Disappearing shoji doors, tracks and all. . .
January 26, 2010
As you know, we don’t like to build the same door twice. Thankfully, we keep getting projects that cause us to stop, pause, and think, think, think. Recently, we had a real head-scratcher. The home had a very high angled ceiling, eliminating the possibility of a top-mounted track. A small end pocket had already been built for a folding partition to divide the room that was quite narrow. And did I mention the dramatic ocean view that needed to be unobstructed with any type of installed shoji hardware?
Even after all these years, there I was, standing at the job site thinking, “How are we going to do that?” As the designer can tell you, at first sight, I was rather skeptical. But after some deliberation and sketching, Wren and I came up with four possibilities. And “voila” the shoji screens are now installed, hard-at-work doing their job. The final solution? We revisited an old friend, our telescoping track.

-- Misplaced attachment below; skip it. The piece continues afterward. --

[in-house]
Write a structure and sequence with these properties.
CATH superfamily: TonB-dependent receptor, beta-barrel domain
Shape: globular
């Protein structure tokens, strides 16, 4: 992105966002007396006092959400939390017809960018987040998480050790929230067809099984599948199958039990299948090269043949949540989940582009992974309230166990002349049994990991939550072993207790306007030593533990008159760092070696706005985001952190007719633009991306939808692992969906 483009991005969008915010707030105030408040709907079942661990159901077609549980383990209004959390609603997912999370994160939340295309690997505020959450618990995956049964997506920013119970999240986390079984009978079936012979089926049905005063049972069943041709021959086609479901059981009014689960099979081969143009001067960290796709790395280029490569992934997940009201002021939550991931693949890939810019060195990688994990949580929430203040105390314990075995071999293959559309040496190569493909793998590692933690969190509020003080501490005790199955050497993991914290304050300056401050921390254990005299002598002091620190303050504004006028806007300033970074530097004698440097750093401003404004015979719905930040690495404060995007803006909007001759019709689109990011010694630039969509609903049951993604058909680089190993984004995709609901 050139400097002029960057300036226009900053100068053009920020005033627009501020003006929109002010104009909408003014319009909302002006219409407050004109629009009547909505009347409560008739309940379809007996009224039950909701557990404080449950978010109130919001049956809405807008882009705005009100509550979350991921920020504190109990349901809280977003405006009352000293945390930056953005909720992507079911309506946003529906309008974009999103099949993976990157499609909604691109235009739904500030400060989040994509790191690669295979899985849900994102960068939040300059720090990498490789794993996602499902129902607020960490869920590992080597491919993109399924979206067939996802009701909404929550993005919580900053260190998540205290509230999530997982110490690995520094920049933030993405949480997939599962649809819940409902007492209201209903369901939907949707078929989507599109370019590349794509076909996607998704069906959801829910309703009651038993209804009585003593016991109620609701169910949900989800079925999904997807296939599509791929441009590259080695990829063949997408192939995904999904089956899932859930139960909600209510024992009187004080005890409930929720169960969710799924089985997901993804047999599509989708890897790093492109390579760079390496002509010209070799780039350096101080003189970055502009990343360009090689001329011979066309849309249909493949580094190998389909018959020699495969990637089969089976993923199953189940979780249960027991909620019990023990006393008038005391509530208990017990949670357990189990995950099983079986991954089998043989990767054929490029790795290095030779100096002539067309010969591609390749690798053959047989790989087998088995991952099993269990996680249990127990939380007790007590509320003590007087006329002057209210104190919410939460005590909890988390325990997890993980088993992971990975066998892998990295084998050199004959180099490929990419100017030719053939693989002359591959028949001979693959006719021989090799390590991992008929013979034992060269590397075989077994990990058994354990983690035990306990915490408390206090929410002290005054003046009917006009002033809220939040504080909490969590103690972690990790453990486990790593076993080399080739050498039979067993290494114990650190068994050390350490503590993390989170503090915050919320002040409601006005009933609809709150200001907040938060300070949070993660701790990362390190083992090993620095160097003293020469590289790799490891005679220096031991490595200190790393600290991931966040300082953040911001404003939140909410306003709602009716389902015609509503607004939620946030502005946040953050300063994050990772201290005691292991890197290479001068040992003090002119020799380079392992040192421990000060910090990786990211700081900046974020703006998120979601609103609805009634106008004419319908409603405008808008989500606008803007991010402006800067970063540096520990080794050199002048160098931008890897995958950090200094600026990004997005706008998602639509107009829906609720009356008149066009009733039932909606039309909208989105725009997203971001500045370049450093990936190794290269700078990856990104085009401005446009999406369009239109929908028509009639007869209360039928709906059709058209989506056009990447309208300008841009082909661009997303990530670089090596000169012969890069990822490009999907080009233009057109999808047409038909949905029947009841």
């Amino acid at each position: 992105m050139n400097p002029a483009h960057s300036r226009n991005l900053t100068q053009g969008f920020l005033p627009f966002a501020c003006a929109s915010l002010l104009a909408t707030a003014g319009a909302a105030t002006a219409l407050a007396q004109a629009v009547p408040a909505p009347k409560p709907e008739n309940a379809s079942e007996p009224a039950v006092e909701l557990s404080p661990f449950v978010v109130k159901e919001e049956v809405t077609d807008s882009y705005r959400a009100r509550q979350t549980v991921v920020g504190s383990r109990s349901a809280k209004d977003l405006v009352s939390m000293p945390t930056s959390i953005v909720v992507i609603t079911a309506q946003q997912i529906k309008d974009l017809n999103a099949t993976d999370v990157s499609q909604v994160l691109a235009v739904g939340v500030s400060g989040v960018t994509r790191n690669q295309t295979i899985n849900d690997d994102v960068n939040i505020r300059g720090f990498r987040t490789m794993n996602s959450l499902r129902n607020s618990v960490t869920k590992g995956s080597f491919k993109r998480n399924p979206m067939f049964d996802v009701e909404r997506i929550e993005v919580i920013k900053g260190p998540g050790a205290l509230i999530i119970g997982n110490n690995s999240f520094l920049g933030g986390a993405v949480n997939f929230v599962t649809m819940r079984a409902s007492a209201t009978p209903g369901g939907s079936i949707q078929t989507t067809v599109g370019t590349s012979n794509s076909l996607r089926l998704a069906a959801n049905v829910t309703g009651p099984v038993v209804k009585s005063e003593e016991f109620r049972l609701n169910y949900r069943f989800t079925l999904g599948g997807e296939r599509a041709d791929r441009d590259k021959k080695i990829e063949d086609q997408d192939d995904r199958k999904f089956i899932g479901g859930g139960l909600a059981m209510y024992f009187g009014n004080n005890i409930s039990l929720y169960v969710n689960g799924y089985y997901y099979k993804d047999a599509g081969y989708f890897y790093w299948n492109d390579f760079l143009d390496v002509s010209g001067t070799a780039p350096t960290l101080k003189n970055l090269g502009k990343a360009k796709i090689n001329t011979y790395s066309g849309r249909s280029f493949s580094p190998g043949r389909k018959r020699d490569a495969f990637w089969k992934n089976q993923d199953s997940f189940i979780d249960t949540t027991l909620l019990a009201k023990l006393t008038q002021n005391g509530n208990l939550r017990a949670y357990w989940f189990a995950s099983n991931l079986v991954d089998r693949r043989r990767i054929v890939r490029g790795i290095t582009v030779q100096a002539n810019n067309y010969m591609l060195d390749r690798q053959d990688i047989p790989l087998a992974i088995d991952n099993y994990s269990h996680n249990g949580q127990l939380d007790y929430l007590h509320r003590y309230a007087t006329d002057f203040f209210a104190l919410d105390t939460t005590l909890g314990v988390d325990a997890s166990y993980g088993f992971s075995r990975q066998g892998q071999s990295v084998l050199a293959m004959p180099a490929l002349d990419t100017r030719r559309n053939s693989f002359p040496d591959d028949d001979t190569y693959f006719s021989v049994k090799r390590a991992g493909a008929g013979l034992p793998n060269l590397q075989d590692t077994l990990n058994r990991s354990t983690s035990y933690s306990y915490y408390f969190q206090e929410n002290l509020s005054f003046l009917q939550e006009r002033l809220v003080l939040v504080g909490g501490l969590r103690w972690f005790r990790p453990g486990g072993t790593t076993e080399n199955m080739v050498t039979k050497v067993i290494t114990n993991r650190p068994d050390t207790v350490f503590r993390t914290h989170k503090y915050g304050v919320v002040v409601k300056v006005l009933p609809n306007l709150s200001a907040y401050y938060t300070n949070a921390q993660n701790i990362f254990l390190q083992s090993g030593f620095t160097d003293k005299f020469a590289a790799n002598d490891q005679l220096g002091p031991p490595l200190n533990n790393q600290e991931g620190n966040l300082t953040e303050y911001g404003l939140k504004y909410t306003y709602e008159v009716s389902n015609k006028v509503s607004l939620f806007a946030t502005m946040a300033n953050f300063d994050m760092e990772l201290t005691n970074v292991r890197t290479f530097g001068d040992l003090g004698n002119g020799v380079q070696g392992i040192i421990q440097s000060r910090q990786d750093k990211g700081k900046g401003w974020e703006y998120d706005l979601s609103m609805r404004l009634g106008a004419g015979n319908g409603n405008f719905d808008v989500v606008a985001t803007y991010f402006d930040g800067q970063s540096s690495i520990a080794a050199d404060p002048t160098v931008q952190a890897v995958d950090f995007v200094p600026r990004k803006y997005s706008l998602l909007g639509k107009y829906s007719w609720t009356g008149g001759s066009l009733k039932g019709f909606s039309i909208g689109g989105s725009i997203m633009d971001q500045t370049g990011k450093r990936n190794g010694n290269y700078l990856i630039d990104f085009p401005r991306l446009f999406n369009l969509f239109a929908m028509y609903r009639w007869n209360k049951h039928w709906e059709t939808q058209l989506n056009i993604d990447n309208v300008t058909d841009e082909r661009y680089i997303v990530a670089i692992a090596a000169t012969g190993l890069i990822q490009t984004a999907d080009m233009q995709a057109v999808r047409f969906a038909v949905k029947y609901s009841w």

This unique system allows shoji panels to slide out from the end pocket by pulling on the lead shoji panel. Remaining shoji screens follow as all are linked together. To close, the process is reversed; push lead shoji panel back and the rest of the unit slides back to stack neatly one of top of the other. Sounds familiar, right? But here is the cool part — there is no installed track top or bottom that obstructs the view. The entire shoji installation, sliding hardware and all, disappears into the wall pocket.
The fact that everything fit well into that small pre-existing pocket is a small miracle. My point? Sometimes the most impossible situations work out well. Thanks Cindy, for believing in us.
As for today, yes I am looking at another unusual project with high angled ceilings, a tight budget, and wildly different design criteria from the parties involved. Another day, another design puzzle. But I wouldn’t want it any other way; this is what I like to do.
Whatever you’re up to, enjoy your day!